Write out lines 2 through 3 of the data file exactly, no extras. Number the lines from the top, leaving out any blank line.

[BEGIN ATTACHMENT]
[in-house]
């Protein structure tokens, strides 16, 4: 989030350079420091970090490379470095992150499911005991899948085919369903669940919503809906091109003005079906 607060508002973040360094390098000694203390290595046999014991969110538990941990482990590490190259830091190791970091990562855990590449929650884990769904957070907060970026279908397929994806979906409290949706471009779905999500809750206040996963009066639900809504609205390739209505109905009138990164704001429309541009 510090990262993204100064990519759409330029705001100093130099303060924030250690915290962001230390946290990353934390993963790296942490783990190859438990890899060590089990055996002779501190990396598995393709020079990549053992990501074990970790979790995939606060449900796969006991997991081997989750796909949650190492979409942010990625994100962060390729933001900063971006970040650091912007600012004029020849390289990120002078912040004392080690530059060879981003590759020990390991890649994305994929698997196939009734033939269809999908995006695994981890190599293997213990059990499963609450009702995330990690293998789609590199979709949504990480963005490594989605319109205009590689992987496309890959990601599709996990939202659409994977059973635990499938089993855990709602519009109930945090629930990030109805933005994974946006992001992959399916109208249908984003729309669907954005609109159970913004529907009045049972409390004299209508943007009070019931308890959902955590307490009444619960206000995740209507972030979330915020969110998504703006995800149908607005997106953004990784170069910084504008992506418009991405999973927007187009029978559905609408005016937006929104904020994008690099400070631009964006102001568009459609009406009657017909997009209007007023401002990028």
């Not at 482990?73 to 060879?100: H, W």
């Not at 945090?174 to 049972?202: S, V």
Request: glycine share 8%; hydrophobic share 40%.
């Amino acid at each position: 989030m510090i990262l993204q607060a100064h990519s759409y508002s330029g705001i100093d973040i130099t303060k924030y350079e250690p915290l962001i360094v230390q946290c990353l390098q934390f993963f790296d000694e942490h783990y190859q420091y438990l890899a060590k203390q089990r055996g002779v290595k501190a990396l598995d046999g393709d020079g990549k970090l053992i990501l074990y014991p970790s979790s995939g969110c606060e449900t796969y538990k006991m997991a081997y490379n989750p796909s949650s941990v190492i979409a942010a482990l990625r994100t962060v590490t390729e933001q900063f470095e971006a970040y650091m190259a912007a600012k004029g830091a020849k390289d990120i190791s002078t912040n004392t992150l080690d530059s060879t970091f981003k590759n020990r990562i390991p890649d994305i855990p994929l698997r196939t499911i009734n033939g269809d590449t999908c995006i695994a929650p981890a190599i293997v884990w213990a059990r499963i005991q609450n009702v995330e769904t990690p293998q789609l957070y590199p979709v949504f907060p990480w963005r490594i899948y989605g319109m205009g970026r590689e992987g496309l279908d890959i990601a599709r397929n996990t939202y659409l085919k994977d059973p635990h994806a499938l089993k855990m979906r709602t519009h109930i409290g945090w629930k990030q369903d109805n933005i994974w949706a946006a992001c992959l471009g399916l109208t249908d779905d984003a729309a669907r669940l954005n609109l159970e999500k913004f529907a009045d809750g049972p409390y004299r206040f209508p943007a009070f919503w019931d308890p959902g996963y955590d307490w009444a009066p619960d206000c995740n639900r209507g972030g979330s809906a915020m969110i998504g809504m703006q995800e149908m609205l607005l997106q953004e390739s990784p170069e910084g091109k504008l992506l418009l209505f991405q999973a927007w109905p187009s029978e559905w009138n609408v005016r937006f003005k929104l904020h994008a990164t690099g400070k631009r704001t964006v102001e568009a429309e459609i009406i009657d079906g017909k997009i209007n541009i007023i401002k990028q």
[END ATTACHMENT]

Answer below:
């Protein structure tokens, strides 16, 4: 989030350079420091970090490379470095992150499911005991899948085919369903669940919503809906091109003005079906 607060508002973040360094390098000694203390290595046999014991969110538990941990482990590490190259830091190791970091990562855990590449929650884990769904957070907060970026279908397929994806979906409290949706471009779905999500809750206040996963009066639900809504609205390739209505109905009138990164704001429309541009 510090990262993204100064990519759409330029705001100093130099303060924030250690915290962001230390946290990353934390993963790296942490783990190859438990890899060590089990055996002779501190990396598995393709020079990549053992990501074990970790979790995939606060449900796969006991997991081997989750796909949650190492979409942010990625994100962060390729933001900063971006970040650091912007600012004029020849390289990120002078912040004392080690530059060879981003590759020990390991890649994305994929698997196939009734033939269809999908995006695994981890190599293997213990059990499963609450009702995330990690293998789609590199979709949504990480963005490594989605319109205009590689992987496309890959990601599709996990939202659409994977059973635990499938089993855990709602519009109930945090629930990030109805933005994974946006992001992959399916109208249908984003729309669907954005609109159970913004529907009045049972409390004299209508943007009070019931308890959902955590307490009444619960206000995740209507972030979330915020969110998504703006995800149908607005997106953004990784170069910084504008992506418009991405999973927007187009029978559905609408005016937006929104904020994008690099400070631009964006102001568009459609009406009657017909997009209007007023401002990028």
């Not at 482990?73 to 060879?100: H, W």